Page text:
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Open Access Social Interaction Without Vision: An Assessment of Assistive Technology for the Visually Impaired

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Social interaction is full of nonverbal information, including facial expressions, eye contact, and bodily gestures. This can create challenges for the visually impaired, who are unable to access those cues for socially acceptable interactions, and perhaps even lead to social isolation and discrimination. It is crucial to consider the user's requirements in terms of functionality, usability, and aesthetic characteristics. Here we establish a set of criteria that should be satisfied when developing an assistive device to support social interactions for the blind and visually impaired. As an example application of these criteria, here we review a recently developed prototype of the Multimodal Assistive System. We then note how other prominent devices fare against the criteria, including two devices designed specifically for social interaction, the Social Interaction Assistant and the Haptic Face Display, and two general purpose sensory substitution devices, The vOICe and the BrainPort. This analysis provides important design recommendations for all such technology developments that aim to support social interactions. We then extend the analysis to demonstrate how such criteria can also be used to assess whether assistive technology can overcome the challenges blind individuals face in social interaction.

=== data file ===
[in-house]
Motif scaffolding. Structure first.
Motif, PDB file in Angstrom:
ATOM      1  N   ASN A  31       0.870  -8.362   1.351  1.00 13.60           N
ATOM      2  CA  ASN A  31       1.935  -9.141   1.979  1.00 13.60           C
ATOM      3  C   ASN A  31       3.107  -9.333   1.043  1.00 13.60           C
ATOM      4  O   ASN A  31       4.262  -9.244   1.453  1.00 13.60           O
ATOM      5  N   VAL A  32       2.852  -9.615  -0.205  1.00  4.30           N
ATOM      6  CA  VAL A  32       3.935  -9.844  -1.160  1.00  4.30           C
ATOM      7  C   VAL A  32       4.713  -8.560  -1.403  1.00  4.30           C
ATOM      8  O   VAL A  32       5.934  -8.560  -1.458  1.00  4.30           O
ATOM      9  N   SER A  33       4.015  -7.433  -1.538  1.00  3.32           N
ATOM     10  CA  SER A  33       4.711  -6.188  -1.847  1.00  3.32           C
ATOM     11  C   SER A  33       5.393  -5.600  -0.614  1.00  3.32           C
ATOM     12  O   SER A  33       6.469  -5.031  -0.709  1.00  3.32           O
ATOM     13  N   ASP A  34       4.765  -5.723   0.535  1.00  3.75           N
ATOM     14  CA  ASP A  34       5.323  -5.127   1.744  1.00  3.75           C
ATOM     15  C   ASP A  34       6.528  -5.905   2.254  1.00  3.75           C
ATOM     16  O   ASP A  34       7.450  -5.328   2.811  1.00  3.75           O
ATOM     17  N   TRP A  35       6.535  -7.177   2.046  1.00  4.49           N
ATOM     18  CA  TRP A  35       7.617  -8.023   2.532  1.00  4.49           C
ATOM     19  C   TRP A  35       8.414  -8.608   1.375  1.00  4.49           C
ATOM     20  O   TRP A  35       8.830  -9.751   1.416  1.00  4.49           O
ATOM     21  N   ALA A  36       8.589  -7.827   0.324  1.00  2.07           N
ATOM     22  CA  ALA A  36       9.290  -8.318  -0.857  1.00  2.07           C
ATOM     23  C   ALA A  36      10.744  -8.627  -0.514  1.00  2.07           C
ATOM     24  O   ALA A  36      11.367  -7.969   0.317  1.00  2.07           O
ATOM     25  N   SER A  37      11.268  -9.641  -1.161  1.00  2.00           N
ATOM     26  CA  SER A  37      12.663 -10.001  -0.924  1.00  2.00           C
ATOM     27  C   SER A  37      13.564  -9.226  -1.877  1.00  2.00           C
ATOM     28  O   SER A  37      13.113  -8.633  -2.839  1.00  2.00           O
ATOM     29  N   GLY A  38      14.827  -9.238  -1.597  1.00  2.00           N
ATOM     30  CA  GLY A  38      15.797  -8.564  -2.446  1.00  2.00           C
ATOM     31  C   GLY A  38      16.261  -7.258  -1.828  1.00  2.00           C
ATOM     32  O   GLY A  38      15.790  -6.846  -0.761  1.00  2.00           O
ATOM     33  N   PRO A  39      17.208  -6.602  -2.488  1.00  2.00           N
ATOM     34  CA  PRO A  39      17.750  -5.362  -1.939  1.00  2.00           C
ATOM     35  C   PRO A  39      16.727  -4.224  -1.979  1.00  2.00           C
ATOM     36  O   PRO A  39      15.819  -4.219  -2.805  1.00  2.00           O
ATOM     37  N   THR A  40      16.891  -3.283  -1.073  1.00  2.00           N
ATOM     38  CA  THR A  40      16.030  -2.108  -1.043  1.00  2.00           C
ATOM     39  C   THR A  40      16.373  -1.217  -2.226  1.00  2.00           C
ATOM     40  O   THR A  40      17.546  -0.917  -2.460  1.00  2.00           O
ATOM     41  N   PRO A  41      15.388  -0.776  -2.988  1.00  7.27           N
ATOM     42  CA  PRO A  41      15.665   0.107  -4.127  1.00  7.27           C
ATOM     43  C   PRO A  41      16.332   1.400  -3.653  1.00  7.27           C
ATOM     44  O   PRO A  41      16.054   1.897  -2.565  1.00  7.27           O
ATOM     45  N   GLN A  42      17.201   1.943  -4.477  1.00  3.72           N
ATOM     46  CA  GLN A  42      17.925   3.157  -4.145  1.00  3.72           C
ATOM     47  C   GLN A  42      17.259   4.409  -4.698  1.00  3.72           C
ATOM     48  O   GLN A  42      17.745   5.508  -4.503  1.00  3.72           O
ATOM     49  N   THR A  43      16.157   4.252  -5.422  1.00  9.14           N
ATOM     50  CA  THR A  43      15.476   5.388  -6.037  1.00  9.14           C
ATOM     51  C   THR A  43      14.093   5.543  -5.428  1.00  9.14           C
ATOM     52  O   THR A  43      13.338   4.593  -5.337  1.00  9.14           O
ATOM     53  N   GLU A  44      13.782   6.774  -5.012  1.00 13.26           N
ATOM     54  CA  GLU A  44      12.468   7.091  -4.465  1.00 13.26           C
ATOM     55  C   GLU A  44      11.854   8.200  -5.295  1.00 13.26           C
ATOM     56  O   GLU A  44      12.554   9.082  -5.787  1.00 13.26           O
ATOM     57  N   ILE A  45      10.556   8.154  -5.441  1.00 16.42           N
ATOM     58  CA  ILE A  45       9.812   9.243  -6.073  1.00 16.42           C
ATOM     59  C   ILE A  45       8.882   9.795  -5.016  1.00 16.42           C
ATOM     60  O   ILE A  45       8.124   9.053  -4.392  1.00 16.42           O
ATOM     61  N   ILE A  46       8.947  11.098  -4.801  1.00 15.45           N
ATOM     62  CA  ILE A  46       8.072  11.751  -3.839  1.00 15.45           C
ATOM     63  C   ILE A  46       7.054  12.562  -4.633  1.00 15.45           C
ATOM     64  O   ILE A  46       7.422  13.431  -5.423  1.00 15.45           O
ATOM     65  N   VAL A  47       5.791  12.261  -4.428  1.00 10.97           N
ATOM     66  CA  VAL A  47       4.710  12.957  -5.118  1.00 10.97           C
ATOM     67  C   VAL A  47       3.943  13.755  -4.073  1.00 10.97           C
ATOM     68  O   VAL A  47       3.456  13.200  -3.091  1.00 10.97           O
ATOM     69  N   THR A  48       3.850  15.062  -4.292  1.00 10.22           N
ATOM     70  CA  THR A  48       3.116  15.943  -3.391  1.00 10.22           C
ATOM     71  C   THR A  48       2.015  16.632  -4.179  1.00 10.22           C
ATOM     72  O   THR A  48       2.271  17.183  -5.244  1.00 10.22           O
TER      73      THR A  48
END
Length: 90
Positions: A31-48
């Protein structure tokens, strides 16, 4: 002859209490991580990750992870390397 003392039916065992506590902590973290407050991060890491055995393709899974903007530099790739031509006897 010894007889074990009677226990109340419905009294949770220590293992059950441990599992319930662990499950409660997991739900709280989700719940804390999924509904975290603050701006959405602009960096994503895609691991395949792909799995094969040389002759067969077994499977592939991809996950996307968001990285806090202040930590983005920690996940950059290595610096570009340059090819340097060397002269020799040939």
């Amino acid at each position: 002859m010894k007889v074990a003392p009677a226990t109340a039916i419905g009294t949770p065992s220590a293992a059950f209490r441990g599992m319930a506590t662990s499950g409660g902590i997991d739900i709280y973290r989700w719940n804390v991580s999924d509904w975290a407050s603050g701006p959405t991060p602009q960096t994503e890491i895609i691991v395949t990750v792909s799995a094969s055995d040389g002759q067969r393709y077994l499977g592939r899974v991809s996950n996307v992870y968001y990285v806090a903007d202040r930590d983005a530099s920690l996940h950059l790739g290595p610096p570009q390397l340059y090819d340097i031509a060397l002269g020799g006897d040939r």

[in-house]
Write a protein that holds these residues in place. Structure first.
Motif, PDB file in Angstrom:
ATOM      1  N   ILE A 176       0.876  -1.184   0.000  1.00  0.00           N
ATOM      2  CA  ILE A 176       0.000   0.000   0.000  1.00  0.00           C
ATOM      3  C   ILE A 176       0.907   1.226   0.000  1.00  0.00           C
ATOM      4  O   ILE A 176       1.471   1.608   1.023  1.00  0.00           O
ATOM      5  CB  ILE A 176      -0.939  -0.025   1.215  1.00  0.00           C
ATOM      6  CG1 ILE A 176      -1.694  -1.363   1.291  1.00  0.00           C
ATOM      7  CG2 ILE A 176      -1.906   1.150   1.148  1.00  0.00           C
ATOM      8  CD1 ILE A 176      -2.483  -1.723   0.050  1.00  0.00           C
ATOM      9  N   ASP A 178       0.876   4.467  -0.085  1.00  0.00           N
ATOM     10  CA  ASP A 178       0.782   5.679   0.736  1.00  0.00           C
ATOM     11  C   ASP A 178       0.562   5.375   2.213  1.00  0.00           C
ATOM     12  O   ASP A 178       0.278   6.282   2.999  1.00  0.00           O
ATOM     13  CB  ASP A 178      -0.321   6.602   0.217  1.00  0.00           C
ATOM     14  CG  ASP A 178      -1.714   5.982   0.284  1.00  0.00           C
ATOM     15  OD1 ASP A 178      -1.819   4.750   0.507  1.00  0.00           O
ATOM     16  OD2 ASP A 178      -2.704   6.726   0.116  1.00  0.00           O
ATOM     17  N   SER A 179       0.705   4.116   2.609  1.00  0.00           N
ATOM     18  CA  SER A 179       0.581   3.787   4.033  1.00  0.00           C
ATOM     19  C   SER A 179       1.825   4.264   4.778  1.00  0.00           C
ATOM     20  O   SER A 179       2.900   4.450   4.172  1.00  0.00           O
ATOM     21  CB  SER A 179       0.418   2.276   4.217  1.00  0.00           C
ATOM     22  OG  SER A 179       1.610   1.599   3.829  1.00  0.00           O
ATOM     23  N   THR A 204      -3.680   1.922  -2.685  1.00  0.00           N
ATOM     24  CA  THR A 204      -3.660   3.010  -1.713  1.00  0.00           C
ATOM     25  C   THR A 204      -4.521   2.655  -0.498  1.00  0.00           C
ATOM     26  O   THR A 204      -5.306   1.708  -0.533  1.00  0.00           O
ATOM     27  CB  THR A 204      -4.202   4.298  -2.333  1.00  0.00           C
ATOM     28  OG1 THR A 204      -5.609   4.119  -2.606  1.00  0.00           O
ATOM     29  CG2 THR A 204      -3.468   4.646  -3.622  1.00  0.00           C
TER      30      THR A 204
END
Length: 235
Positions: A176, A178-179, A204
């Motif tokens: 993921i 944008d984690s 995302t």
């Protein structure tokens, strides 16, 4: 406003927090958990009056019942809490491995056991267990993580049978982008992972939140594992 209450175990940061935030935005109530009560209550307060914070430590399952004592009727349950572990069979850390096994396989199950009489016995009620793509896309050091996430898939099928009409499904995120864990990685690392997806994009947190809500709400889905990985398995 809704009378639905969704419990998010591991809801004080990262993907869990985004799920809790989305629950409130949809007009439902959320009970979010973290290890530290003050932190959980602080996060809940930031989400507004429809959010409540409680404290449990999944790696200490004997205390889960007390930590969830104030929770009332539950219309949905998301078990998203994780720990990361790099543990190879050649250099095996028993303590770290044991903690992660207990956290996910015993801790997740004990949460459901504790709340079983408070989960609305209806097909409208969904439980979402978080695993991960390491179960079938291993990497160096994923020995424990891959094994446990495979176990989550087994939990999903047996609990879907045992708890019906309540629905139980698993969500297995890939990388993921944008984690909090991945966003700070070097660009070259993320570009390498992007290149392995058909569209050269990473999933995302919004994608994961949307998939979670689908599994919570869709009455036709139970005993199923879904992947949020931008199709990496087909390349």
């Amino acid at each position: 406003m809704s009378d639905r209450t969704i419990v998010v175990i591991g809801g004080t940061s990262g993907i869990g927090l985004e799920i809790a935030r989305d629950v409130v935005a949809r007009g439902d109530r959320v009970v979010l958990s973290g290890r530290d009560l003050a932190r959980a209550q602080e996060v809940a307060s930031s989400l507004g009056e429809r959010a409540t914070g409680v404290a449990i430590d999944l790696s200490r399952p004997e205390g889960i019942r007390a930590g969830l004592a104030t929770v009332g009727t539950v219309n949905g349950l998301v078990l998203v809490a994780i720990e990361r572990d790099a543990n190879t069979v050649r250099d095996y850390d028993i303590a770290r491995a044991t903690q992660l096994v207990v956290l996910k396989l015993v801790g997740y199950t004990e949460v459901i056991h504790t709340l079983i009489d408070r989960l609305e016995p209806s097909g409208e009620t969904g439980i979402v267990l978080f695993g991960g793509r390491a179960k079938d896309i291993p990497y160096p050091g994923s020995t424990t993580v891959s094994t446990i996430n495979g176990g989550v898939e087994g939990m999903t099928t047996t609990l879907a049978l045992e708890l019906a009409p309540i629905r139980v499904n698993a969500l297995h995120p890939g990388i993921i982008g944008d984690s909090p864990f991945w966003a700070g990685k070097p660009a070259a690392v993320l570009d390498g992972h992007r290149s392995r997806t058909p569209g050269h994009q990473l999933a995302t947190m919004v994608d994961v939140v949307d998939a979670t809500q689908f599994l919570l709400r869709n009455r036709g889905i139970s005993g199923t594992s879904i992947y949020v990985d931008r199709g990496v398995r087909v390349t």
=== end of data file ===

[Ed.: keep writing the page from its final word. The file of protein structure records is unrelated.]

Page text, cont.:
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Document Type: Research Article

Publication date: November 1, 2018

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  • Technology and Innovation, edited and published by the National Academy of Inventors, is a forum for presenting information encompassing the entire field of applied sciences, with a focus on transformative technology and academic innovation. Regular features of T&I include commentaries contributed by the United States Patent and Trademark Office (USPTO) and in-depth profiles of Fellows of the National Academy of Inventors in every issue.

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